official policy held the French army was too big. Sir John Simon,
the foreign secretary, told the House that nothing was more
likely to provoke a future war than "a well-armed France" facing
a disarmed Germany. The same afternoon Hitler's Enabling Bill
passed, giving him absolute power to do anything he pleased for
an indefinite future. Anthony Eden, for the government, said it
was British policy to get the French army cut from 694,000 to
400,000. Churchill protested strongly. Eden rebuked him for
opposing measures "to secure for Europe that period of
appeasement which is needed." The Daily Telegraph noted: "The
House was enraged and in an ugly mood - towards Mr Churchill."
     This was the first sign that he had sacrificed the position
of popularity he had so painfully acquired in the twenties by
good behavior and was now regarded as a nuisance and a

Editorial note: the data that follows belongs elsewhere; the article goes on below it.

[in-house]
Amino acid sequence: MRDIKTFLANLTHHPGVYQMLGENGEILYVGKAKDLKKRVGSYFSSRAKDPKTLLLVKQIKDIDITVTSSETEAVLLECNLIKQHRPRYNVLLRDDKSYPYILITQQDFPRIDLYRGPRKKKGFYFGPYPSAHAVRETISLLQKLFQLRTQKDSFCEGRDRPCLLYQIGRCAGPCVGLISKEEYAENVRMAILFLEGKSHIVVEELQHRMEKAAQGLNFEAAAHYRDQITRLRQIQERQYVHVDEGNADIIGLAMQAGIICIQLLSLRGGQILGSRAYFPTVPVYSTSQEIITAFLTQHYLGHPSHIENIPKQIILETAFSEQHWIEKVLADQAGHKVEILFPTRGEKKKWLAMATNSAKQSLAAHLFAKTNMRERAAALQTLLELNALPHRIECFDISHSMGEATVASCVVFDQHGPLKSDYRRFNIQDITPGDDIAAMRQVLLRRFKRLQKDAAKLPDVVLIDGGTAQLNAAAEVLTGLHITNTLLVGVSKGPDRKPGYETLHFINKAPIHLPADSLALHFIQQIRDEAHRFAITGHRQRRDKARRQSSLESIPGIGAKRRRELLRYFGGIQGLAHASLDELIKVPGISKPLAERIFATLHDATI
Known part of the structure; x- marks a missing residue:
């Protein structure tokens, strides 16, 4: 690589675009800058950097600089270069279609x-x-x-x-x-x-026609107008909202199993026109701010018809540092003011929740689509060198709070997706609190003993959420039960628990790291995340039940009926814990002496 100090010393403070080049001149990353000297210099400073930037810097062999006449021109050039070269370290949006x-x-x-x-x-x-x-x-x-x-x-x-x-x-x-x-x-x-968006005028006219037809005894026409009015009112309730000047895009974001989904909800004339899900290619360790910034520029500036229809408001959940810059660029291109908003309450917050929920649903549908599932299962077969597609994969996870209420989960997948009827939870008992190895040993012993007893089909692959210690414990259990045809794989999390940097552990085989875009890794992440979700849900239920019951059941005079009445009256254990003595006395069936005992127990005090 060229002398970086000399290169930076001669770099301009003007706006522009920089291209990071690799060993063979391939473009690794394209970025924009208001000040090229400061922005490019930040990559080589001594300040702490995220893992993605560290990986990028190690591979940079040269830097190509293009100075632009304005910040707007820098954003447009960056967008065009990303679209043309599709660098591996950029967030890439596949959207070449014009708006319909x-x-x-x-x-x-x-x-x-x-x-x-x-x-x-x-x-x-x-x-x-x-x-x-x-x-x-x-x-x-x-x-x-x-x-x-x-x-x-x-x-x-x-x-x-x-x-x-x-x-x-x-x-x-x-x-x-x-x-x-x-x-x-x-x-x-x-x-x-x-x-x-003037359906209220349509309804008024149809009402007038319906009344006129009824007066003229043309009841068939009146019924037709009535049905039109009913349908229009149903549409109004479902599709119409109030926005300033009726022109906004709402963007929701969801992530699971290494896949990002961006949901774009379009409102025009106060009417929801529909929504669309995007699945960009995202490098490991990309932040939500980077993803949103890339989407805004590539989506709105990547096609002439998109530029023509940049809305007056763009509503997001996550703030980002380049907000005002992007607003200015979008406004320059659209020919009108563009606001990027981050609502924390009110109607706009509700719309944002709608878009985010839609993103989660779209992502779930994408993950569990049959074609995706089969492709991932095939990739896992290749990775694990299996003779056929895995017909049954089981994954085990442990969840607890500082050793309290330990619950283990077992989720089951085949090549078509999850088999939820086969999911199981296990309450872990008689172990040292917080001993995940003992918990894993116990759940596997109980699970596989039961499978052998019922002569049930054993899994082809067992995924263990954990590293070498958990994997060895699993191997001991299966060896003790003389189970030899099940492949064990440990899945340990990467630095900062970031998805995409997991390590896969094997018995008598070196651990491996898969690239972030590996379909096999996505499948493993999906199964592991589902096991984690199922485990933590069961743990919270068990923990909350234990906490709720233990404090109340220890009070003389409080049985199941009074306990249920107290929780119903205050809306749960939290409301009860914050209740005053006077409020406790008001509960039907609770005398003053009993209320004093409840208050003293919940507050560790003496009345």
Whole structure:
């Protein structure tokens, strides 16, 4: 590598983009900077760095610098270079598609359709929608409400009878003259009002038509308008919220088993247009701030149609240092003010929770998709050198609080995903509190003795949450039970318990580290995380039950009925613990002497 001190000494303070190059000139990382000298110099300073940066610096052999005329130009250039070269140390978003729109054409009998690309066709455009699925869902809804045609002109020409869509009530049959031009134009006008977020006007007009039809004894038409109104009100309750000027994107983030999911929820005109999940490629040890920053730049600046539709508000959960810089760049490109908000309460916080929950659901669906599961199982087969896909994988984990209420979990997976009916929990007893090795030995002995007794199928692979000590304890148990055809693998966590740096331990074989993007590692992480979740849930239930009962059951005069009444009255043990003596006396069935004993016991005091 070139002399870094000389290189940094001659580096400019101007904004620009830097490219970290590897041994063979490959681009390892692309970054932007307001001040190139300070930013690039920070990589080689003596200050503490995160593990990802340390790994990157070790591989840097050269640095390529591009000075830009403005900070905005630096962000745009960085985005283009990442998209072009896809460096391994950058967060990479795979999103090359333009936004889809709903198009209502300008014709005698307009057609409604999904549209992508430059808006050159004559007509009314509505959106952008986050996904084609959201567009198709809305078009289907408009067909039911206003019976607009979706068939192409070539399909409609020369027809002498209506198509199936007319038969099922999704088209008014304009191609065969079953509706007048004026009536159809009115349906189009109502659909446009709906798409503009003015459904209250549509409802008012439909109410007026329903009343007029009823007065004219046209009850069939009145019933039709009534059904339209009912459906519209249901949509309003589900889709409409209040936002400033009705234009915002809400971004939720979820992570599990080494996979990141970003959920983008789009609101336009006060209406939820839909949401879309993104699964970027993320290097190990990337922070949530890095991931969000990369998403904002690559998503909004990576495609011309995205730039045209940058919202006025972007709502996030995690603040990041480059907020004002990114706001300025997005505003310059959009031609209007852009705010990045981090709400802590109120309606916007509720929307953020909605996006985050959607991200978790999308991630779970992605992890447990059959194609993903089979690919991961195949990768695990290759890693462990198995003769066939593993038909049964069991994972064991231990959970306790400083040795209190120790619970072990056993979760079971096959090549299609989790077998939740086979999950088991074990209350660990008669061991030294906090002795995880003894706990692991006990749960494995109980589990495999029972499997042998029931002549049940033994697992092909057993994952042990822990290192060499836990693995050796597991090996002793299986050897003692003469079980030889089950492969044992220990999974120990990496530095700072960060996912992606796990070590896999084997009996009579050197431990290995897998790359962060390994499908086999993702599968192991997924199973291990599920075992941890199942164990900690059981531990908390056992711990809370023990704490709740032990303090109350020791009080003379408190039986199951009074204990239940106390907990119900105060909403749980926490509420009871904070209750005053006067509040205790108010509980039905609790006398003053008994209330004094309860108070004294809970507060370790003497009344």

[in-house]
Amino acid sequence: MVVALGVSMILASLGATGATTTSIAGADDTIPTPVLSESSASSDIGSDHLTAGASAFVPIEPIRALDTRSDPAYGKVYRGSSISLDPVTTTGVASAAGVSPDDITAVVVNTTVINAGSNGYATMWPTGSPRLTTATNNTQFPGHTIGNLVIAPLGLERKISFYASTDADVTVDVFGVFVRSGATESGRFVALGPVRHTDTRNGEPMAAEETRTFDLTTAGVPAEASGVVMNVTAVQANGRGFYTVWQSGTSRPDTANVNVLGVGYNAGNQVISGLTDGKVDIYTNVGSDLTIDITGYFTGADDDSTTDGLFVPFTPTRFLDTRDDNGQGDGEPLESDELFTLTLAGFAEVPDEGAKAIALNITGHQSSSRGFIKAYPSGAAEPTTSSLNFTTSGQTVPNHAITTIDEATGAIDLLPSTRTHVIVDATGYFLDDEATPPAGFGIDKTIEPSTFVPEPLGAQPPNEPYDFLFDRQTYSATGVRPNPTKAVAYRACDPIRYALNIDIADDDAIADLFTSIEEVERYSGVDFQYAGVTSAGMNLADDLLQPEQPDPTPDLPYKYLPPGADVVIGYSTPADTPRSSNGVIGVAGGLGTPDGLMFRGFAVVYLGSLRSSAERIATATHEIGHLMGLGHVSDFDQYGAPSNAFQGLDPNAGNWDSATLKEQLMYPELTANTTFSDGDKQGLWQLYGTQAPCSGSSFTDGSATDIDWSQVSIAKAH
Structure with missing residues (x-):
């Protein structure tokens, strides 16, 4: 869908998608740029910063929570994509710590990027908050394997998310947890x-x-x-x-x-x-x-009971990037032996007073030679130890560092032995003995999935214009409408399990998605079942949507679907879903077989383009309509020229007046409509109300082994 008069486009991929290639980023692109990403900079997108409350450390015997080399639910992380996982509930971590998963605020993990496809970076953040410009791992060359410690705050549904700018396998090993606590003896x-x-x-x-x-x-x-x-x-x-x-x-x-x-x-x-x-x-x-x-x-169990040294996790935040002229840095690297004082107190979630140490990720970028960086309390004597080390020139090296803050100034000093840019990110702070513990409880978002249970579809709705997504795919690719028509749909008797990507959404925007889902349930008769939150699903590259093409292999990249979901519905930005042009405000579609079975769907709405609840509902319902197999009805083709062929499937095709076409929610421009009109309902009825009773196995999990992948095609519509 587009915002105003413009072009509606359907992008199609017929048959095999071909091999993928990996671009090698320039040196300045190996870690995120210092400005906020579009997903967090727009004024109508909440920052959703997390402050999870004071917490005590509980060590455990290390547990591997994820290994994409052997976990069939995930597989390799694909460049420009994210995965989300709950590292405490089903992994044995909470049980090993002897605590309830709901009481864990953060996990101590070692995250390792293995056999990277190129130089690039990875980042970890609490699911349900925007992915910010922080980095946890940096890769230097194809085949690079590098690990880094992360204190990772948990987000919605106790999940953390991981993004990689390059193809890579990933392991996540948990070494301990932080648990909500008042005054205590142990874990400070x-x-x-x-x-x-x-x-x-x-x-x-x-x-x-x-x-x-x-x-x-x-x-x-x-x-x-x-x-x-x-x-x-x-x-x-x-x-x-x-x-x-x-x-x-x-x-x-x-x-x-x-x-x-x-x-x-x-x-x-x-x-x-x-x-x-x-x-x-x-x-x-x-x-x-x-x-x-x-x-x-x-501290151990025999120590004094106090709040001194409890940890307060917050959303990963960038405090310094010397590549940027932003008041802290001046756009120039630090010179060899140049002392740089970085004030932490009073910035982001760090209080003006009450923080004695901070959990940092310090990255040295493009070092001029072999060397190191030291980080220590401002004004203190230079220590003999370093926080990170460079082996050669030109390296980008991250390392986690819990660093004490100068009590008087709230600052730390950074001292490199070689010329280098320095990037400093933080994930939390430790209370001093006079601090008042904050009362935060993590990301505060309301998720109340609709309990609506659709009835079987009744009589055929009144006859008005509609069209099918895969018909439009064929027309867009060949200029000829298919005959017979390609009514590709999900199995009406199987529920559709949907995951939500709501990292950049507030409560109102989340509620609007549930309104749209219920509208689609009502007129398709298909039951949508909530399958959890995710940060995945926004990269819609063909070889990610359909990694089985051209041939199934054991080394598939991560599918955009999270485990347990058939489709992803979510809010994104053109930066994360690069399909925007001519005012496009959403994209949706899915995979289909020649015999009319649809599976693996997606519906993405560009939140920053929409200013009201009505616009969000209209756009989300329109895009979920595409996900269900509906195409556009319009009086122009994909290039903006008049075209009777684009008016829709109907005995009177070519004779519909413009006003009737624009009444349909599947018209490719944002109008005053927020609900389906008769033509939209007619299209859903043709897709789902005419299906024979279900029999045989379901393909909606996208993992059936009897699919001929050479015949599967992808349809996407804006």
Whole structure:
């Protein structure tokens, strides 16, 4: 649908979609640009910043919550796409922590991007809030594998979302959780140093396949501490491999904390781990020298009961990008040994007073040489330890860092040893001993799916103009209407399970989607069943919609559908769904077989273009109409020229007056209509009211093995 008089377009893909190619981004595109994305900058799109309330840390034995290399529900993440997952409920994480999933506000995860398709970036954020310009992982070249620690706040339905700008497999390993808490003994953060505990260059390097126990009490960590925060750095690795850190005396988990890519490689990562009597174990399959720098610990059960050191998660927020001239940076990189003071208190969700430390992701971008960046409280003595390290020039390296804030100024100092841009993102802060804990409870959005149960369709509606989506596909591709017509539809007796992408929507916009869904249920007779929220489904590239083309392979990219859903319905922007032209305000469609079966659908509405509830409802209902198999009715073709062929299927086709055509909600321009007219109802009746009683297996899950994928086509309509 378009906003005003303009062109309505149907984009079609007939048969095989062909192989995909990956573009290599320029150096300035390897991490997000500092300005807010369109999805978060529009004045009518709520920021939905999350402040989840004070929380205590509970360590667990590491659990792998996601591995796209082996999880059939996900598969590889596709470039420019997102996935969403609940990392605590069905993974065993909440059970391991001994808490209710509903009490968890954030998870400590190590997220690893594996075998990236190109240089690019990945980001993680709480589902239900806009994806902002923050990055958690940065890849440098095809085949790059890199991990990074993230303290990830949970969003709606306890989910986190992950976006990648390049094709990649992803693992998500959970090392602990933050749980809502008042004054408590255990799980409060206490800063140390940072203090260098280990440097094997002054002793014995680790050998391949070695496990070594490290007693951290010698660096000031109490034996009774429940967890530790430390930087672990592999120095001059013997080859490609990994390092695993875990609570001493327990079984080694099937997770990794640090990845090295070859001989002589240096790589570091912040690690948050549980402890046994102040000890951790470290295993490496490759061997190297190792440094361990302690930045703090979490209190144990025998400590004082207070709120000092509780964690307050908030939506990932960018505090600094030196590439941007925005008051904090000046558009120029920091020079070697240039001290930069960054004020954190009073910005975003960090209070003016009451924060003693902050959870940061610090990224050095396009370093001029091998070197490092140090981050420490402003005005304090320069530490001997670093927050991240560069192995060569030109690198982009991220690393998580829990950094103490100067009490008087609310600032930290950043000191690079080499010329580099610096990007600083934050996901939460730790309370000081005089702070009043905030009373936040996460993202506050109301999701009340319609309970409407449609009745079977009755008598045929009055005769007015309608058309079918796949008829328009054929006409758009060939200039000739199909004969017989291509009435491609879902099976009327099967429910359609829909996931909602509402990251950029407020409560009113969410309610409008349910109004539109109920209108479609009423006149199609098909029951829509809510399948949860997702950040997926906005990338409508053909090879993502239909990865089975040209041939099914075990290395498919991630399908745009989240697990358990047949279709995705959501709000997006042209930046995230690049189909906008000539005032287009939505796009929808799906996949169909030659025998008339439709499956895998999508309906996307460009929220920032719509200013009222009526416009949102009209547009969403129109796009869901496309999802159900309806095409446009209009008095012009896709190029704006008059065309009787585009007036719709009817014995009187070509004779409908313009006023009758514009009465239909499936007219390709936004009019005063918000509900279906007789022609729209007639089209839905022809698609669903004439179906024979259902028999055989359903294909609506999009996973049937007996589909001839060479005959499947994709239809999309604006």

troublemaker. The mood was partly one of disgust with war and
horror of a "return to the trenches," and partly fear, especially
of war in the air.
     Here, Churchill did not help his own cause. In his anxiety
to alert people to the danger of Hitler, he voiced the expert
consensus that aerial warfare would be devastating. He was well
informed, too. In addition to Professor Lindemann, the government
allowed him to consult Major Desmond Morton, a specialist in
military and economic intelligence. Churchill told the House on
November 28,1934, that up to forty thousand Londoners alone would
be killed or injured in the first week of war. Baldwin echoed
him: "The man in the street ought to realise there is no power on
earth to prevent him [in war] being bombed. The bomber will
always get through." General Fuller, the leading expert writer on
war, warned that London would become "one vast raving Bedlam,"